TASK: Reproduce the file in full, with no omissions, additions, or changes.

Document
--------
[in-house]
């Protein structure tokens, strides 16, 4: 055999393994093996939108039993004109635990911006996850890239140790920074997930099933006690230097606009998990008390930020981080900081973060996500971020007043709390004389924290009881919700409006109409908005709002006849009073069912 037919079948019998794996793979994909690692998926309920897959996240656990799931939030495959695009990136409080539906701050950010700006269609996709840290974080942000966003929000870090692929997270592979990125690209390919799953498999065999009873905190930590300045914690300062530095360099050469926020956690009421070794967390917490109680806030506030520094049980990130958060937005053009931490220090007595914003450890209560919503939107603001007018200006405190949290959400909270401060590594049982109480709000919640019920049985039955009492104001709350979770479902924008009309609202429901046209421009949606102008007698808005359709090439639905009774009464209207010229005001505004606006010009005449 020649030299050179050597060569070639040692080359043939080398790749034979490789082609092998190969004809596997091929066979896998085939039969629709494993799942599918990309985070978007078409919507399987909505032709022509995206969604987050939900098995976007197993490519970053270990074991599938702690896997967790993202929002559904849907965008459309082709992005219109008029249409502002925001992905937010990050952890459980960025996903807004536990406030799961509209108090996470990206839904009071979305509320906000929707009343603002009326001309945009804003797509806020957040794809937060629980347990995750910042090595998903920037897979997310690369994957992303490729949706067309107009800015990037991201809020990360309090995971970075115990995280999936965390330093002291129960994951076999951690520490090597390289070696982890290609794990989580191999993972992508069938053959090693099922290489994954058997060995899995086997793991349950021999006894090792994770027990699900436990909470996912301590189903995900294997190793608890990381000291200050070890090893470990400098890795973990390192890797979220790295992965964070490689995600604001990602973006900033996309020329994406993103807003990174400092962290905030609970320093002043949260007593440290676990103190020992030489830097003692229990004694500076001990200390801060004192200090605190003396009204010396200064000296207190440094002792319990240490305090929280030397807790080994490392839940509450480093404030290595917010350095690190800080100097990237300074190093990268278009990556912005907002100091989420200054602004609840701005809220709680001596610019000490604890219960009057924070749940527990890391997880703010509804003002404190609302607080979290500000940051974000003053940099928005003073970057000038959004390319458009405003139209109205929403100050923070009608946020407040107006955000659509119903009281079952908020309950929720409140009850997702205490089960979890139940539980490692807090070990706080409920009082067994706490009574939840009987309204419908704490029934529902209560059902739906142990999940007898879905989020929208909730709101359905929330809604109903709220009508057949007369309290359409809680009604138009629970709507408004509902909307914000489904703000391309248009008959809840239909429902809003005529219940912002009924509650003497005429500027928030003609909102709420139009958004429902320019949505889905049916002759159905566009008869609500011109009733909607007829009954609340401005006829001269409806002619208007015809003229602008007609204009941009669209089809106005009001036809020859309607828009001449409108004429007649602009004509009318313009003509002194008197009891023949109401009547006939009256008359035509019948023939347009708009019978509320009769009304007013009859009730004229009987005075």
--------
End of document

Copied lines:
[in-house]
């Protein structure tokens, strides 16, 4: 055999393994093996939108039993004109635990911006996850890239140790920074997930099933006690230097606009998990008390930020981080900081973060996500971020007043709390004389924290009881919700409006109409908005709002006849009073069912 037919079948019998794996793979994909690692998926309920897959996240656990799931939030495959695009990136409080539906701050950010700006269609996709840290974080942000966003929000870090692929997270592979990125690209390919799953498999065999009873905190930590300045914690300062530095360099050469926020956690009421070794967390917490109680806030506030520094049980990130958060937005053009931490220090007595914003450890209560919503939107603001007018200006405190949290959400909270401060590594049982109480709000919640019920049985039955009492104001709350979770479902924008009309609202429901046209421009949606102008007698808005359709090439639905009774009464209207010229005001505004606006010009005449 020649030299050179050597060569070639040692080359043939080398790749034979490789082609092998190969004809596997091929066979896998085939039969629709494993799942599918990309985070978007078409919507399987909505032709022509995206969604987050939900098995976007197993490519970053270990074991599938702690896997967790993202929002559904849907965008459309082709992005219109008029249409502002925001992905937010990050952890459980960025996903807004536990406030799961509209108090996470990206839904009071979305509320906000929707009343603002009326001309945009804003797509806020957040794809937060629980347990995750910042090595998903920037897979997310690369994957992303490729949706067309107009800015990037991201809020990360309090995971970075115990995280999936965390330093002291129960994951076999951690520490090597390289070696982890290609794990989580191999993972992508069938053959090693099922290489994954058997060995899995086997793991349950021999006894090792994770027990699900436990909470996912301590189903995900294997190793608890990381000291200050070890090893470990400098890795973990390192890797979220790295992965964070490689995600604001990602973006900033996309020329994406993103807003990174400092962290905030609970320093002043949260007593440290676990103190020992030489830097003692229990004694500076001990200390801060004192200090605190003396009204010396200064000296207190440094002792319990240490305090929280030397807790080994490392839940509450480093404030290595917010350095690190800080100097990237300074190093990268278009990556912005907002100091989420200054602004609840701005809220709680001596610019000490604890219960009057924070749940527990890391997880703010509804003002404190609302607080979290500000940051974000003053940099928005003073970057000038959004390319458009405003139209109205929403100050923070009608946020407040107006955000659509119903009281079952908020309950929720409140009850997702205490089960979890139940539980490692807090070990706080409920009082067994706490009574939840009987309204419908704490029934529902209560059902739906142990999940007898879905989020929208909730709101359905929330809604109903709220009508057949007369309290359409809680009604138009629970709507408004509902909307914000489904703000391309248009008959809840239909429902809003005529219940912002009924509650003497005429500027928030003609909102709420139009958004429902320019949505889905049916002759159905566009008869609500011109009733909607007829009954609340401005006829001269409806002619208007015809003229602008007609204009941009669209089809106005009001036809020859309607828009001449409108004429007649602009004509009318313009003509002194008197009891023949109401009547006939009256008359035509019948023939347009708009019978509320009769009304007013009859009730004229009987005075």